With our next meeting with Licensing Rep #2 just about a week away, we have been grateful for the deadline and have been moving through the paperwork involved with this step rather quickly. Reading, signing, making backup copies, digging up house measurements, running bath water over a kitchen thermometer, fire escape plans, work schedules, financial information… it goes on and on. At this point, with a few left to copy, we have over 60 pages of completed forms. So far they haven’t been all that bad. Nothing as complicated or laced with legal jargon as refinancing a house, which has been much appreciated.
Today, a few hours apart and about 50 miles between the two locations, Mr. Something and I got fingerprinted. He ran out on his lunch break. It turns out I didn’t give him one of the forms that he needed for them but the people working the service were kind enough to look up the form and print it for him. I was grateful that they were so accommodating and celebrated a “Thank goodness for the internet!” moment. I made a stop on my way home at our local community college. A fingerprinting service sets up shop in one of the main entryways once a week to provide the service. I was hoping to ask the person if I could take a picture of the process, which is like something from the future nowadays, but she was a bit gruff. (I did run in about ten minutes before she was supposed to close but the whole process didn’t even take ten minutes.)
As I was sitting there waiting for her to enter my information into the computer, a rush of college students were coming into and out of the building. Evening classes start at 6:00? Mr. Something started his college career in that very building. On days I had early or late classes on my own college campus, I would come here and meet him for lunch. We’d shoot pool in the rec center or just steal some moments together during our “busy” college lives. It feels like a lifetime ago. 11 years? We were such different people then but somehow very much the same. Even then we were committed to a future together but what college student can even pretend to know what the future holds? If I could wander those halls and catch a glimpse of the ghost of myself sitting at a table, reading my education textbooks or researching Niccolo Paganini for my music history term paper, killing time before Mr. Something got out of class, what would I say to her?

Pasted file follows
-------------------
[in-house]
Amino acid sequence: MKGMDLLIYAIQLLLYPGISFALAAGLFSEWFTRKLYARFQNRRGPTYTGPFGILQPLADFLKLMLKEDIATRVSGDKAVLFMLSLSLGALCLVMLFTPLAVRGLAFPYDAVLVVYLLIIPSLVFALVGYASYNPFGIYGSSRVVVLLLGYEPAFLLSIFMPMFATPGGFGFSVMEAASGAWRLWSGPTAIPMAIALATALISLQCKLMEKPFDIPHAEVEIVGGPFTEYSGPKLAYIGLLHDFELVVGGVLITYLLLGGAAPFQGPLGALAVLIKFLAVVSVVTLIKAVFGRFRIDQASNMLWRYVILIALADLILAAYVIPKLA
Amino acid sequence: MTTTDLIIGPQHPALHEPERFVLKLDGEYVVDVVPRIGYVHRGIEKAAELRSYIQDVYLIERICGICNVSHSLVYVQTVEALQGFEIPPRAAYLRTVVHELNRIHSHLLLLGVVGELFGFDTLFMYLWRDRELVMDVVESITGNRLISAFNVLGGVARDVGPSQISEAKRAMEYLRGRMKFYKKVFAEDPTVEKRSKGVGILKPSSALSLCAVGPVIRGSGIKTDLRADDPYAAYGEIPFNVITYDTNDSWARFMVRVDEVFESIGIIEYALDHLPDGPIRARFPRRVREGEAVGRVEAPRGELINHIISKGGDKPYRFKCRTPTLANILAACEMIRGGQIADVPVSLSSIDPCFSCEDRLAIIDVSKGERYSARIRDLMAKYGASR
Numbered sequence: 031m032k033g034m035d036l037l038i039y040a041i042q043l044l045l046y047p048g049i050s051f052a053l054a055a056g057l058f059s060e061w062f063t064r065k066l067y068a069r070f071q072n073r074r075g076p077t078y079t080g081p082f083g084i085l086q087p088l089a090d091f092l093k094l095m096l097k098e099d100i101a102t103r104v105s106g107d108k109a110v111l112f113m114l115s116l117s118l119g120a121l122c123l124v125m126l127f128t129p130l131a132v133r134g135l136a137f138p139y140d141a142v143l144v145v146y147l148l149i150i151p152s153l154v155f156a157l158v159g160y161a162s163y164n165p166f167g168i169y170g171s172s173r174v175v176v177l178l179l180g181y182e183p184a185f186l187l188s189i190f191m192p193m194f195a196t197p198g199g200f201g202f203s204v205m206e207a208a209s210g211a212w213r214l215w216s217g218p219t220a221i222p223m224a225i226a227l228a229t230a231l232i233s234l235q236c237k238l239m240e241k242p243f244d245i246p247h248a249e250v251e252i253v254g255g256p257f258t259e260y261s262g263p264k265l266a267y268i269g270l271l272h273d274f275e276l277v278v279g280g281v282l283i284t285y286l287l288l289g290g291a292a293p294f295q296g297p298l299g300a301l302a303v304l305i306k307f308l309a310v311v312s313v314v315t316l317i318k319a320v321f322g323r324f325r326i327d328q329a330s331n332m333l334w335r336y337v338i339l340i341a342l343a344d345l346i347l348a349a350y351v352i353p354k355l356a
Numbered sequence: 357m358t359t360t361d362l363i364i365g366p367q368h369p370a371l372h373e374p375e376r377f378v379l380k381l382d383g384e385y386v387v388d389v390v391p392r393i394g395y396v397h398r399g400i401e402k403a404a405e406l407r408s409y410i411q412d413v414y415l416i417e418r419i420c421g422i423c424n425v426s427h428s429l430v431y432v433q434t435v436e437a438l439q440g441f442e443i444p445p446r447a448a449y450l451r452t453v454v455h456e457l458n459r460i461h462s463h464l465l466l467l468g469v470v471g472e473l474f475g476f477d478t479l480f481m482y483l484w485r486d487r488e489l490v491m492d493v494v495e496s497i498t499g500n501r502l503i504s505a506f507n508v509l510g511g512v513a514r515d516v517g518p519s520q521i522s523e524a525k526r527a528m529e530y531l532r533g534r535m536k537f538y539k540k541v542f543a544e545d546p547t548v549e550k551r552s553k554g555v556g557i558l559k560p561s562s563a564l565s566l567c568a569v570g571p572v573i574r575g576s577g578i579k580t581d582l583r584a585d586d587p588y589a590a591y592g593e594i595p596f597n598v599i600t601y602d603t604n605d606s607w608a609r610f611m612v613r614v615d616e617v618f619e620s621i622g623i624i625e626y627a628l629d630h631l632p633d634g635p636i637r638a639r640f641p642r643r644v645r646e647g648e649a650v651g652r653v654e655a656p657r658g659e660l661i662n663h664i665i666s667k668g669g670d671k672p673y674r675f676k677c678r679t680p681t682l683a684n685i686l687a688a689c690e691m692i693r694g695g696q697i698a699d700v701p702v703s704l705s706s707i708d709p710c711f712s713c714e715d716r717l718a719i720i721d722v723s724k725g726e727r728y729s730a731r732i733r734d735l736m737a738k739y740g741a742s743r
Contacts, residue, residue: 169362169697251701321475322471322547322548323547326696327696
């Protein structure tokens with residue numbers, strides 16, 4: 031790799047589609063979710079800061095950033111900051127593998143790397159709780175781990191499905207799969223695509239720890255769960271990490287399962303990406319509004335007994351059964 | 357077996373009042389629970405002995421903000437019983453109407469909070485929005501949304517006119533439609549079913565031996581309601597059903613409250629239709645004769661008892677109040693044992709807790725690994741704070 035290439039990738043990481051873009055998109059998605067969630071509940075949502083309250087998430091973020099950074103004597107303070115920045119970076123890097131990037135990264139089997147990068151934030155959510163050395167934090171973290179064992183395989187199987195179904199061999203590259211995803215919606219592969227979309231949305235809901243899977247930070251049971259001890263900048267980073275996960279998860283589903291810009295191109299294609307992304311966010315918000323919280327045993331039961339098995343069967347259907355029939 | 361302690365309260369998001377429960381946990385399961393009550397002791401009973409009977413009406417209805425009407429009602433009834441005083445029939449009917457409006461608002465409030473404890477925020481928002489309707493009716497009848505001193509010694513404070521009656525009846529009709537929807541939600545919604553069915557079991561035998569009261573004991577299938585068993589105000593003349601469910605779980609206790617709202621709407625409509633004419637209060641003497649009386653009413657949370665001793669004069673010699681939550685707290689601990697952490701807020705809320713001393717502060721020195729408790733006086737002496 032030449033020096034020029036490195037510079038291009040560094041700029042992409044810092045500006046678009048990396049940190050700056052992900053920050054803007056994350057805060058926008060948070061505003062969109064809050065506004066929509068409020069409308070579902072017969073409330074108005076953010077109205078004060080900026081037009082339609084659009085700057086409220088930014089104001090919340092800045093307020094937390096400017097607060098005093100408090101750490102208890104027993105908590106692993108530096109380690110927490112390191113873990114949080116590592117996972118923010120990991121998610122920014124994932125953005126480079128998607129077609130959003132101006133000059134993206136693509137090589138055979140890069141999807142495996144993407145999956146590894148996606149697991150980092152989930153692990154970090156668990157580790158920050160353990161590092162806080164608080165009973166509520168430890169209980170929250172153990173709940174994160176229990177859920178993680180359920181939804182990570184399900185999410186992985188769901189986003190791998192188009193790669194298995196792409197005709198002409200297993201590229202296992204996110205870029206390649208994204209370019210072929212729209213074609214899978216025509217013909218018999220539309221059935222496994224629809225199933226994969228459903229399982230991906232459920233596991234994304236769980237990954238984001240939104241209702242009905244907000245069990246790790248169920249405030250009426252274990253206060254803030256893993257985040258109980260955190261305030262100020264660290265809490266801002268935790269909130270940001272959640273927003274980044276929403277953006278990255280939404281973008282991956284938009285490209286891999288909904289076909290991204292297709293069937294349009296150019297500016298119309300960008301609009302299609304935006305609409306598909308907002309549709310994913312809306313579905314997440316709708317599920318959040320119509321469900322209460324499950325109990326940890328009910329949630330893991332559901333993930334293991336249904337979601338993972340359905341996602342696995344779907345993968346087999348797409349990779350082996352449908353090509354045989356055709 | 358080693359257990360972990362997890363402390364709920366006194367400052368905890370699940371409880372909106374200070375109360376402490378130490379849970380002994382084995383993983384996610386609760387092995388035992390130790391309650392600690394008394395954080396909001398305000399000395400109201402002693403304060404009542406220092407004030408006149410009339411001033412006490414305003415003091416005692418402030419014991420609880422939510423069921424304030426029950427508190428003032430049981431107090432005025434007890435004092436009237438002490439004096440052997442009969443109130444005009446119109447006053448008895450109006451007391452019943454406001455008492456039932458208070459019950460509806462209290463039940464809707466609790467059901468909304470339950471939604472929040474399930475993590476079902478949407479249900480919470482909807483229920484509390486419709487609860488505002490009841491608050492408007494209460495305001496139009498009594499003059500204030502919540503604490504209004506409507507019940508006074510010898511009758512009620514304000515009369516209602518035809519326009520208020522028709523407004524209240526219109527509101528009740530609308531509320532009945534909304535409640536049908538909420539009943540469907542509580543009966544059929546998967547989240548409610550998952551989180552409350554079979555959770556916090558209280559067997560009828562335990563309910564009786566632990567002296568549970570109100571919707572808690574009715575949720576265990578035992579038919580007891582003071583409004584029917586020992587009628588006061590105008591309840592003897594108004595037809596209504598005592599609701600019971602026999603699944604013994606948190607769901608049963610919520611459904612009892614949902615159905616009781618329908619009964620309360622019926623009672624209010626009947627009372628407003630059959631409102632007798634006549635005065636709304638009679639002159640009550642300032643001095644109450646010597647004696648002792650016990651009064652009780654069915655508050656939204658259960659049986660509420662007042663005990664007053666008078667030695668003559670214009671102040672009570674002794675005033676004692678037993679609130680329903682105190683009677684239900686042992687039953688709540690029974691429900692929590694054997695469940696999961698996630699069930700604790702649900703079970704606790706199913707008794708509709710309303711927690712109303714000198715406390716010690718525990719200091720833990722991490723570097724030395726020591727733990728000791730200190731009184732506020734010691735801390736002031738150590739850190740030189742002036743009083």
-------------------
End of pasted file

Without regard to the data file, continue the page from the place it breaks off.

Our Tiny Human Project has felt so right from the beginning. (Despite the “What the F- are we doing?” moments that Mr. Something and I pass back and forth every now and then.) But a decade ago I wasn’t dreaming of building my family this way. Was I dreaming of building a family at all? I always knew that there were children in my future but I never dreamed of being pregnant, giving birth, having a baby of our own. I’ve often related to other foster families that share that they were “called” to this life. Was there a seed of this calling in that 20 year-old armed with a pack of glitter gel pens struggling to take notes on the history of education in the common area of this very community college building? Even now, hours later, I still don’t know what I’d say to that ghost of me. What pearls of wisdom or insight could I impart? As far as I can see, life is turning out pretty damn good and I got here without a word of advice from future-me. I think I’d merely watch her from afar. I’d watch for the way she’d glance up every time someone came down the hallway, watching for him. I’d watch the way that their eyes would meet and they would greet each other when he finally did come out of class. I’d smile with the secret knowledge of how good things were going to be over a decade later for those two. Not always easy but definitely arriving at something so comfortable and right. Maybe I’d brush by as they embraced and whisper, “You’ve got this.” and return to my warm and happy present.
After I got the fingerprinting lady to chat a little bit, she finalized my paperwork and showed me what I needed to turn into our licensing rep. She sent me away with a, “Have a good evening, Mrs. Something, and good luck.” How am I going to look back on this moment a decade from now? Will I need every ounce of that “good luck” from this stranger? Will future-me have a secret smile, looking back at present-me knowing that it’s just going to get better from here? Or will I be wanting to shout to myself, “Brace yourself! You have no idea what you are getting into!” If it’s any sign, God had his water colors out tonight. This was the glorious sunset that I drove into the rest of the way home. For now, I’ll take that stranger’s “luck”, stash it in my pocket, and enjoy the glorious now.
Added Later: Being pre-digital camera, 11 years ago was a bit tough to find without raiding photo albums and scanning. I did dig up this one though, give or take a few months… (I just love this guy!)